The price Russia pays for stopping the western-backed blood bath by Maidan-controlled Kiev in anti-Maidan East Ukraine
Originally appeared at Forbes
Herman Gref, the respected CEO of Russia’s Sberbank, said Tuesday that there is a banking crisis in his country…and it is the worst he has seen in two decades.
“What we see now in Russia is a large-scale banking crisis,” Gref said to Moscow journalists today. He reportedly said this is the worst crisis he has seen in Russian banking since the ruble crisis in 1998. Back then, the Russian government, just seven years into its experiment with Western economics, defaulted on its debt and inflation hit 84%.
Russian banks have been sanctioned by the West in retaliation for Moscow’s support of east Ukraine’s separatist movement. Moreover, the central bank removed the ruble-dollar peg in December. Back then, the ruble was trading with a band that kept it in the 30s. Once the ruble was allowed to free-float, it quickly rose to the low 70s, it’s weakest point against the dollar in 15 years.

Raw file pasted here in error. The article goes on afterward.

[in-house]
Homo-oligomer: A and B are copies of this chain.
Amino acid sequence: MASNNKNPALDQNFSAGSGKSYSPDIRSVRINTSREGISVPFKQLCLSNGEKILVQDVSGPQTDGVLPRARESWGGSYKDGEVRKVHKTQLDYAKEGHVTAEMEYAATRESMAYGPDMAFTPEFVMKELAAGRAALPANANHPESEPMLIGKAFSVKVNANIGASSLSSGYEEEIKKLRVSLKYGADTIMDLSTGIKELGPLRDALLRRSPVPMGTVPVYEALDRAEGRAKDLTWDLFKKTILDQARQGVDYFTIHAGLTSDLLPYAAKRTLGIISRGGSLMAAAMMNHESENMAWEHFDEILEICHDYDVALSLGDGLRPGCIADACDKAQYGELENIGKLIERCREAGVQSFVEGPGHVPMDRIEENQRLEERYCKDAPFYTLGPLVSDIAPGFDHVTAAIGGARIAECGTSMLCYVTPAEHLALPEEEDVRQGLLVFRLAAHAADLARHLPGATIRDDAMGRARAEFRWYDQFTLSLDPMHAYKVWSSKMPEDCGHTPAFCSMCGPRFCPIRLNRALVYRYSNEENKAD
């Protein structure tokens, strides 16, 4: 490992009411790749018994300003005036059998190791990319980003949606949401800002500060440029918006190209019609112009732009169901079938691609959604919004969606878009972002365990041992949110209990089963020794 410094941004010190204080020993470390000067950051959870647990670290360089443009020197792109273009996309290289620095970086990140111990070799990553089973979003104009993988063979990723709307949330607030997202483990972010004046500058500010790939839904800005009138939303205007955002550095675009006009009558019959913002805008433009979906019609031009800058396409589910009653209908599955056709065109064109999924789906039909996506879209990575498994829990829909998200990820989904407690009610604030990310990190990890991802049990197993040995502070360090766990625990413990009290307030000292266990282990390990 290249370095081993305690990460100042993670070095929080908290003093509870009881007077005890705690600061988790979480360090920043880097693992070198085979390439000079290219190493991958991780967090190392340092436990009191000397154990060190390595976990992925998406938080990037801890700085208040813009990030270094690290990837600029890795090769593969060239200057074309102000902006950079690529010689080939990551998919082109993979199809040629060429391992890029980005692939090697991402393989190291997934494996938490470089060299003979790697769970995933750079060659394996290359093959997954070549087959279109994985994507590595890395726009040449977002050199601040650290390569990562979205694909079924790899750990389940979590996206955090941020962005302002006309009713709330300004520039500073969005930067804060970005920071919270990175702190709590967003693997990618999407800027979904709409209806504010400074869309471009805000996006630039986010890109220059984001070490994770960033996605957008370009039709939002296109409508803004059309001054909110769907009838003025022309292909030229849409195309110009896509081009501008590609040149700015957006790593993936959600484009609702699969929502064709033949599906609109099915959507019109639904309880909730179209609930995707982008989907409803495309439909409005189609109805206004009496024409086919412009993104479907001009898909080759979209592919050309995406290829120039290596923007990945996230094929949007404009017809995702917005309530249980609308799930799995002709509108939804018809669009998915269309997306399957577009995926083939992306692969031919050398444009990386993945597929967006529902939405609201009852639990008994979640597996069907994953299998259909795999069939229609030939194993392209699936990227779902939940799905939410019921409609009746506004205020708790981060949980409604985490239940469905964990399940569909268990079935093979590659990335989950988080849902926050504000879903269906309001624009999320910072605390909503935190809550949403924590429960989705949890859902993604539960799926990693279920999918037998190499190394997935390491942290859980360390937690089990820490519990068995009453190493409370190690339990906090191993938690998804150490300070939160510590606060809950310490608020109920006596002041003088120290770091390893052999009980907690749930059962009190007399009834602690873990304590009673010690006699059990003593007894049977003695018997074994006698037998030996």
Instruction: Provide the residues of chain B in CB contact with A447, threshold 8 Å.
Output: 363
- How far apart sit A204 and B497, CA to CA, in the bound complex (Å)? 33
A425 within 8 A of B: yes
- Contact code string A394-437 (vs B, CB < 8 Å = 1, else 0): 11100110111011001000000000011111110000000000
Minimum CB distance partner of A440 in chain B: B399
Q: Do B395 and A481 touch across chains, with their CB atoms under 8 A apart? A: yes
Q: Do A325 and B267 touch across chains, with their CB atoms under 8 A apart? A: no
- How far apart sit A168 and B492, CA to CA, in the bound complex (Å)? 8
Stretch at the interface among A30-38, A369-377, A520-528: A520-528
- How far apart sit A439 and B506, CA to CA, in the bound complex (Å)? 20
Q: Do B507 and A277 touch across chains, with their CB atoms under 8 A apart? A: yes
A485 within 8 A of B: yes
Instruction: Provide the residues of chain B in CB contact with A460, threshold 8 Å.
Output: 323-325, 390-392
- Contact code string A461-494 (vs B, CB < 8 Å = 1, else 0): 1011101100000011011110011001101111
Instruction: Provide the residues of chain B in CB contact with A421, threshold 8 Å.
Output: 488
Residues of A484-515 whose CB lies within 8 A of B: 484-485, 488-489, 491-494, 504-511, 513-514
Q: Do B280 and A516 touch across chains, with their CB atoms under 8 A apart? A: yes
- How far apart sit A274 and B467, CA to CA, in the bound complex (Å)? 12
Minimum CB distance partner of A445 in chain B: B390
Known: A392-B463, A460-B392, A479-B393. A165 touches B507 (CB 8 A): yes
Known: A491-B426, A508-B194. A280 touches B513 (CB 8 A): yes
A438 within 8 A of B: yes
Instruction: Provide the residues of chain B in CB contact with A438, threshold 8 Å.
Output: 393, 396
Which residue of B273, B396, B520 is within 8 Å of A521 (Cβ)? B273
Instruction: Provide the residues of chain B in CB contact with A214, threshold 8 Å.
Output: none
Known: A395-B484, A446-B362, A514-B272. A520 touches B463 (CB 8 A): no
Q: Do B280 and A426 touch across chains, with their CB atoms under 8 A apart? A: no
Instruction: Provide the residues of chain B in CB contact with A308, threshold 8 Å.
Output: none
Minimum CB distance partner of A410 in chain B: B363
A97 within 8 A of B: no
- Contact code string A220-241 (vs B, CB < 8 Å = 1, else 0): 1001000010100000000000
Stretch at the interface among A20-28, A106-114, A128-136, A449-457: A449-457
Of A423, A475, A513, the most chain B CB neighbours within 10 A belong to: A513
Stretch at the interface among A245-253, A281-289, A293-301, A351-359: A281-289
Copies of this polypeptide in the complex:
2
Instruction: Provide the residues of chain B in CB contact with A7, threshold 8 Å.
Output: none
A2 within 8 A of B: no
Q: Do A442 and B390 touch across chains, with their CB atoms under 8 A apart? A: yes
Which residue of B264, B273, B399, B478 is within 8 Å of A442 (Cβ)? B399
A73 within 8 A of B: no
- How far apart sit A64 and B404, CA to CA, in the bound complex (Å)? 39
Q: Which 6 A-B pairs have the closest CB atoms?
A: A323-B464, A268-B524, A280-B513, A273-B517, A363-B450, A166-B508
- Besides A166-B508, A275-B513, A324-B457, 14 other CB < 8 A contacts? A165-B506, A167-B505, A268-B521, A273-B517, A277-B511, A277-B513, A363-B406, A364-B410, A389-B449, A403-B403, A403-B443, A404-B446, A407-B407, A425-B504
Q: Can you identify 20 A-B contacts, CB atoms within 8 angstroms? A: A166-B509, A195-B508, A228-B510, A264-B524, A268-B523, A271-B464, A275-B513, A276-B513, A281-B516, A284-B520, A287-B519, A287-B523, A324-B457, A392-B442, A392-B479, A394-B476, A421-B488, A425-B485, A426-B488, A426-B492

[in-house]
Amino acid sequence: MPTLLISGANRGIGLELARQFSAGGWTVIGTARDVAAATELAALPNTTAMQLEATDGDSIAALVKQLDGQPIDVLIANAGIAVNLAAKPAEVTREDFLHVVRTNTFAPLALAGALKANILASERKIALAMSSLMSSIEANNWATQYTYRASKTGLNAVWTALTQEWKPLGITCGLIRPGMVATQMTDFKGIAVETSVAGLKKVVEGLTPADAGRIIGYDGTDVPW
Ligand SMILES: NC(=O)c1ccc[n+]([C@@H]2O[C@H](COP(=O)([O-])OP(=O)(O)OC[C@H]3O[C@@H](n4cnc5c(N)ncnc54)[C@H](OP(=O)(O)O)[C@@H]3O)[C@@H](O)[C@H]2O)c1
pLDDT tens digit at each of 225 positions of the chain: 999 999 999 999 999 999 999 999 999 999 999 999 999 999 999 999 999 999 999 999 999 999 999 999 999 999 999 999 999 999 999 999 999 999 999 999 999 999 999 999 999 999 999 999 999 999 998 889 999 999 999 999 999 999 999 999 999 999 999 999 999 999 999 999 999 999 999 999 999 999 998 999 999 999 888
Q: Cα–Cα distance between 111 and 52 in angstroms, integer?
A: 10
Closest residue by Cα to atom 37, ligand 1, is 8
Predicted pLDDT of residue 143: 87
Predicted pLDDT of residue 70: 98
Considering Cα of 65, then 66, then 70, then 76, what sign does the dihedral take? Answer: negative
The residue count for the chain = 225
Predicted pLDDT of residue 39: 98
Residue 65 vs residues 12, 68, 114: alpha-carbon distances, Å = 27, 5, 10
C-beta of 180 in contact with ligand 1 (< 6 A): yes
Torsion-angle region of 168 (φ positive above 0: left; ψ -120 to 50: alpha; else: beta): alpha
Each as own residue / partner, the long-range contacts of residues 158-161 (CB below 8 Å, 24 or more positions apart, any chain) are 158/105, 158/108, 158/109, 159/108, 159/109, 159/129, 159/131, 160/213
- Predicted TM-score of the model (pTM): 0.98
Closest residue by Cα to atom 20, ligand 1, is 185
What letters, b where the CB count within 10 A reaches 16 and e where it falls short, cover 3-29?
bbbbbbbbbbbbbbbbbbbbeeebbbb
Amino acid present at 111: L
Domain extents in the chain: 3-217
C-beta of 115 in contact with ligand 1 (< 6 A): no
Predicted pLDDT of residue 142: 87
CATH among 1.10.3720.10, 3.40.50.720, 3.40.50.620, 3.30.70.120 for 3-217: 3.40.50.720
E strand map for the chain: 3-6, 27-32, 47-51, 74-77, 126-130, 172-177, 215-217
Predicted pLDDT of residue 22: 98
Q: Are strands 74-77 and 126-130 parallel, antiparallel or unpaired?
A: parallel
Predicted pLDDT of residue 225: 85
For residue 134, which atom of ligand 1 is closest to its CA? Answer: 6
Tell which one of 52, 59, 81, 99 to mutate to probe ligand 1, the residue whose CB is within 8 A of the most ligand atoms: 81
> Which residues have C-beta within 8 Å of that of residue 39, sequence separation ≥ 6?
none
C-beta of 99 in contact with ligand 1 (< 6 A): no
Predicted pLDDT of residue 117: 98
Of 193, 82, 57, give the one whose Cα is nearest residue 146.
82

Russia is light years ahead of 1998. It has over $350 billion in currency reserves at the central bank. That’s essentially a rainy-day fund monetary authorities there can use to shore up banks in trouble, and use to buy rubles, thinning out the money supply.
Inflation is also better than it was 20 years ago. Russian inflation is still high, at 15%, but it is expected to be cut in half next year, according to Barclays Capital’s estimates.
The economy is clearly suffering from an unhealthy mix of weak oil prices, sanctions, and a ruble that’s 38% weaker than it was a year ago today. It is now running a small deficit of roughly half a percent of GDP.